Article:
If you can find a knowledgeable rabbit vet that knows about cecal dysbiosis and these types of issues, then this change of diet is best done after first consulting with that vet, if possible


If the problem doesn't clear up with the dietary changes, there are other possible causes other than diet, diet is just the most common. If Dennis is the white and brown bun in your profile pic, megacolon is a possible cause for poop abnormalities, particularly in 'charlie' colored rabbits. Intestinal parasites or coccidiosis(intestinal or hepatic) can cause poop abnormalities. Problems with the liver can as well. Was a fecal float test done to check for parasites, or was a blood test done checking kidney and liver function?

Medirabbit: megacolon in spotted rabbits

(WARNING: LINK CONTAINS GRAPHIC NECROPSY PHOTOS)
Medirabbit: coccidiosis

If you have any concerns or think the problem may be health related and not diet related, please find an experienced rabbit vet to take your rabbit to for a proper diagnosis. If a blood test and fecal test weren't ever done, that's what I would expect to be looked into.
 

DennisGracie

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Our vet is supposed to be one of the RWAF approved vets, however I am never happy when I visit them - however our next closest one is about 40 minutes away and they said they don’t have any space for new clients atm :/

his diet has remained unchanged for all of his life essentially, other than some new pellets we started trying after he developed this issue as I wondered if maybe his current pellets were too low in fibre.

I’ve booked another vet appointment for Tuesday with the vet and will ask for bloods to be done and poo sample.

Dennis is the white and brown rabbit yes, although I think that article said it was likely in rabbits whose bodies are mostly white, whereas Dennis has spots all over his back and looks more like the “normal” coloured rabbit in the example pic, but I will definitely mention to the vet both mega colon (which I desperately hope it isn’t), and cecal dysbiosis.

over the last few days I’ve been reducing herbs and pellets and hope that by Monday I’ll have weaned him off both and he will just eat hay, but I read it’s not good to change their diets too fast so I’ve been trying this since Thursday.

I’m just so worried about him - he was the only thing that got me through lockdown and has in a way, become my emotional support. He’s so loving and sweet and I would be devastated if anything happened to him :( 💔

thank you so so much for your wonderfully detailed responses.
 

DennisGracie

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DCF6765F-B96C-496B-B21A-928CFD705A54.jpeg
This pic better shows Dennis and his colouring - this was just last night, he loves lying like this and getting patted from nose to tail!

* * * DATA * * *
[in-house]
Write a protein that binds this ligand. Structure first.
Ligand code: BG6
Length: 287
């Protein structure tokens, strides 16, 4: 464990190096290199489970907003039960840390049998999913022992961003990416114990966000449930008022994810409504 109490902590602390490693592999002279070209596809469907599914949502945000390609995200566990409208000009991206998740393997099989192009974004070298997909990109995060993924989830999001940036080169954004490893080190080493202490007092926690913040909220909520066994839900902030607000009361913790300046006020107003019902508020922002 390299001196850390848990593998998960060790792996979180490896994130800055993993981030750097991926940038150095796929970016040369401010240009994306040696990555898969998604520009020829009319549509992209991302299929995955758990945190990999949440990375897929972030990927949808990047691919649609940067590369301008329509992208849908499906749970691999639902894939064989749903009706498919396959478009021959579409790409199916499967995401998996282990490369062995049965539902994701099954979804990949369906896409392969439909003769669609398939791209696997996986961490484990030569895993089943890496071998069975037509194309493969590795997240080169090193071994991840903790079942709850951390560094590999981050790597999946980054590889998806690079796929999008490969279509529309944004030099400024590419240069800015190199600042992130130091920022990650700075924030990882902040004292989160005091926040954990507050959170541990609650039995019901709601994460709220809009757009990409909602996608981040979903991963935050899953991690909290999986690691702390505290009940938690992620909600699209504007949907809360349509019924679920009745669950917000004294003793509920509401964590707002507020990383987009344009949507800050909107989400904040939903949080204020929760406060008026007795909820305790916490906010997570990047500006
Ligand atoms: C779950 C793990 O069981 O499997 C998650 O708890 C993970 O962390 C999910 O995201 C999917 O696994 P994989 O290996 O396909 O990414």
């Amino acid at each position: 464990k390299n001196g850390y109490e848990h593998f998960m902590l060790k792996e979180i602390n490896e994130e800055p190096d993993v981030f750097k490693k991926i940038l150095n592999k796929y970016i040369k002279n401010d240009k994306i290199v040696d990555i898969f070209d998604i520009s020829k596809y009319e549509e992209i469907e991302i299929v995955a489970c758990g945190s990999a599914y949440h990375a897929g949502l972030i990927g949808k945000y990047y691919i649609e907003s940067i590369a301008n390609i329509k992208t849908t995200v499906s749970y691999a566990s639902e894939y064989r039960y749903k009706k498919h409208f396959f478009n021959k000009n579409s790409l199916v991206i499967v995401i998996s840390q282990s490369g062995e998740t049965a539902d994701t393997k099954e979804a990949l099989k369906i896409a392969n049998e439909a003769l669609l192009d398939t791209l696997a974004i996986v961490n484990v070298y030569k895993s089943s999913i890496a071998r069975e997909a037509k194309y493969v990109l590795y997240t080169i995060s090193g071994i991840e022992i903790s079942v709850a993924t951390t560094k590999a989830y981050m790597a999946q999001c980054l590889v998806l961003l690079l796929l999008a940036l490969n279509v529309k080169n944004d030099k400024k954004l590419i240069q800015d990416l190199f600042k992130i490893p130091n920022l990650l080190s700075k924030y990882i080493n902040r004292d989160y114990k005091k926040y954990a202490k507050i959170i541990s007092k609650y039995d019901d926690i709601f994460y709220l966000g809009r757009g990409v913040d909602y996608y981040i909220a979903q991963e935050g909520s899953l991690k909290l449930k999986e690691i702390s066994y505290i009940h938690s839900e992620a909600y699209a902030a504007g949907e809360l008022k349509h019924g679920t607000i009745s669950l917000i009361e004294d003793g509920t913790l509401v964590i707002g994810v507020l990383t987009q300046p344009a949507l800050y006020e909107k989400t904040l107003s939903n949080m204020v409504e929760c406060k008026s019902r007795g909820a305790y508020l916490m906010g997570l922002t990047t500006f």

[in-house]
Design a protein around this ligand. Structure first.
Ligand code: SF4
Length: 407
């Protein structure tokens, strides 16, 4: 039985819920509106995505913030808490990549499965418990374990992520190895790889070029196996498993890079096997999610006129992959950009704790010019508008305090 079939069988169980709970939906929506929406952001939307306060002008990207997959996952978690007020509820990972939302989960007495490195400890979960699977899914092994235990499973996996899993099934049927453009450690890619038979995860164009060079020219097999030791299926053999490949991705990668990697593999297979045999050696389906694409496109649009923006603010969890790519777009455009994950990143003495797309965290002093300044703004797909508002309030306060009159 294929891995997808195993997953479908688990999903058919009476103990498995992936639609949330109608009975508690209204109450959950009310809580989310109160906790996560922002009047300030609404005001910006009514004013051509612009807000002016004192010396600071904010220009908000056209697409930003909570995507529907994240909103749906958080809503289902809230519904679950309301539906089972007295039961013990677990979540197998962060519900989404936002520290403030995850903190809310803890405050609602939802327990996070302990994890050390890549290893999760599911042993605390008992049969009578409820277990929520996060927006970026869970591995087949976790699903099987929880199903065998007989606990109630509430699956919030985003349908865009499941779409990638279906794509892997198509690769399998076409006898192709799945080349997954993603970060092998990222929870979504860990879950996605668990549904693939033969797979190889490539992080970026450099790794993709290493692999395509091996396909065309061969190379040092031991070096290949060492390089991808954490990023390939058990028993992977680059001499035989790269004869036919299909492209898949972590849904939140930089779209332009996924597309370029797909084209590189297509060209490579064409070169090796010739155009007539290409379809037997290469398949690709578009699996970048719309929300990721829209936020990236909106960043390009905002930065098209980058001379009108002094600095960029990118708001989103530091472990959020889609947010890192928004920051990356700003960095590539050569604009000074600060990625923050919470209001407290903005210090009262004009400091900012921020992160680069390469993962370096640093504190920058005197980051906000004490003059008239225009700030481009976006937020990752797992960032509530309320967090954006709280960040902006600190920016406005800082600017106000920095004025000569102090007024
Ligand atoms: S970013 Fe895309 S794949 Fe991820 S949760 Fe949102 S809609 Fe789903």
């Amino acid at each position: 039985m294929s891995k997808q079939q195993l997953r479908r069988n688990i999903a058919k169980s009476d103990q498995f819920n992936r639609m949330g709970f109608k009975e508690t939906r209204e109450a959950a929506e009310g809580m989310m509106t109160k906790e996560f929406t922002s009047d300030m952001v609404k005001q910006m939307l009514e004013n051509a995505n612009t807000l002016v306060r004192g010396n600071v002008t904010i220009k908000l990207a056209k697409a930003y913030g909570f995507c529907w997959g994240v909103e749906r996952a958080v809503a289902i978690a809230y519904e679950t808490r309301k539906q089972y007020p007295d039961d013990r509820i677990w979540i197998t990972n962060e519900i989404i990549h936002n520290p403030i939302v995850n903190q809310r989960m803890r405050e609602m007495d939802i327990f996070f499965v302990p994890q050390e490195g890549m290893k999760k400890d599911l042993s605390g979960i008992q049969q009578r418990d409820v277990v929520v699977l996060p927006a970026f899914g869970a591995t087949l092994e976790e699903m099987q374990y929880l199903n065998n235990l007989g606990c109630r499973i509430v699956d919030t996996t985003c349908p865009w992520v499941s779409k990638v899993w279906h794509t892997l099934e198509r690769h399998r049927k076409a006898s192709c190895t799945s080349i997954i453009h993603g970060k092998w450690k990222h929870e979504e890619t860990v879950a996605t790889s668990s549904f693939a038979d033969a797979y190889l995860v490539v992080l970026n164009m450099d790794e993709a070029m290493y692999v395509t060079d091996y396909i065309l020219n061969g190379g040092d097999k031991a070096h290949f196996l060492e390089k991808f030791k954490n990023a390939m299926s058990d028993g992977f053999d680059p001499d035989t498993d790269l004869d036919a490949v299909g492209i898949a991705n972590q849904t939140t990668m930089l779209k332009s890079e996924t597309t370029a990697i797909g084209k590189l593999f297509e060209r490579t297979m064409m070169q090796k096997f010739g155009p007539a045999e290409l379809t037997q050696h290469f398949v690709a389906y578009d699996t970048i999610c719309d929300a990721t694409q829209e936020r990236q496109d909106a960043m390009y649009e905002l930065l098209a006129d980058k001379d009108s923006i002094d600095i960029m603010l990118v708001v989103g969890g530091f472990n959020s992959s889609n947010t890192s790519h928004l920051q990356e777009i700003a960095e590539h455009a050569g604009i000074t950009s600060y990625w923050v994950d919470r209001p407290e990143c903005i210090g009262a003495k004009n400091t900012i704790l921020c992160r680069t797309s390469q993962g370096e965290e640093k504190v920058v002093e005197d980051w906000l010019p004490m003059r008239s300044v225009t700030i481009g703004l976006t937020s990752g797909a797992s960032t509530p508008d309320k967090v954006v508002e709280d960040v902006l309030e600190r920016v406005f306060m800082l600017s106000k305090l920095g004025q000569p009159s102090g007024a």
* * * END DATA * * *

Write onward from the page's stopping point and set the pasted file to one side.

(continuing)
JBun

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Not changing the diet too quickly mainly has to do with changing pellet types and introducing new foods. With the exception of most grass hays which are usually well tolerated when immediately introduced into a rabbits diet. The reason to make changes gradually, is the gut microflora needs time to adapt to the new foods, to minimize disrupting that delicate balance and resulting in improperly formed cecotropes. Gradual changes can also be for a new rabbit that might have only been fed pellets and not be used to eating hay. So you don't just want to drastically reduce pellet amounts to start them eating hay, only to find out they won't touch the hay and are starving themselves.

When it comes to a rabbit that is used to eating hay and you're trying to correct digestive problems related to diet, it's not usually as necessary to make gradual changes. It's usually not going to cause too much of an issue to immediately remove other foods and only feed hay, except maybe an upset bunny not liking their favorite foods being stopped and only getting hay. Though with some rabbits, it can disrupt their eating to make any changes. So if you do a sudden hay only diet, those first few days it's important to keep an eye on hay consumption and body weight, to make sure hay is being eaten really well and no unhealthy weight loss occurs. But if you feel more comfortable gradually reducing things, that works too.

I just mentioned the other health causes as slight possibilities. Megacolon is a slight possibility, but not as likely as diet or even parasites. 'Charlie' rabbits have less than 10% color on white, so maybe your rabbit is, but still doesn't mean it's megacolon even if a charlie bun. I've had several 'charlie' rabbits that didn't have megacolon, and only a few that did. Though if by some chance it is megacolon, that doesn't necessarily mean a bad prognosis for your rabbit. I've had megacolon rabbits, and as long as it's not really severe, it can be managed pretty well with diet.

If this were my bun, I would start off with reducing pellets quite a bit, or completely removing pellets, and also stop all sugary/starchy foods(fruit, starch veg, grains). Then keep free feeding good grass hay and the usual leafy greens/herbs, and see if there are any positive changes that first week. If there are still some watery cecals, then I would remove pellets completely. If after another week there are still problems, I would start cutting out the veg/greens.

Usually removing sugary treats and reducing pellets, is enough to fix the problem. Sometimes it takes removing pellets completely. Usually leafy greens don't have to be removed, but occasionally some rabbits will be sensitive to certain greens or veg, so it has to be a consideration if removing pellets and high carb treats doesln't work. But I've found in most cases, sugary treats and pellets are the most common culprits.

I've had buns that had to have reduced pellets and no high carb treat diets or they would get mushy cecals. I've also had buns that had to be on pellet free no carb diets, with only grass hay and leafy greens(my megacolon buns), and all of those rabbits did really well on these diets, and it solved their mushy cecal problems. For the megacolon buns it kept their megacolon under control and kept them healthy. So most of the time, cecal imbalance can be managed well with the right diet.

Mushy cecotropes aren't usually going to be a life threatening problem if it's not allowed to become a severe case, and there isn't some serious underlying health issue going on. So you catching it early means that small changes can likely get things under control and back in balance without anything too drastic being needed, usually with just those minimal diet changes.

He looks and sounds like a sweet little guy ♥ Hopefully this can get sorted with just some diet changes.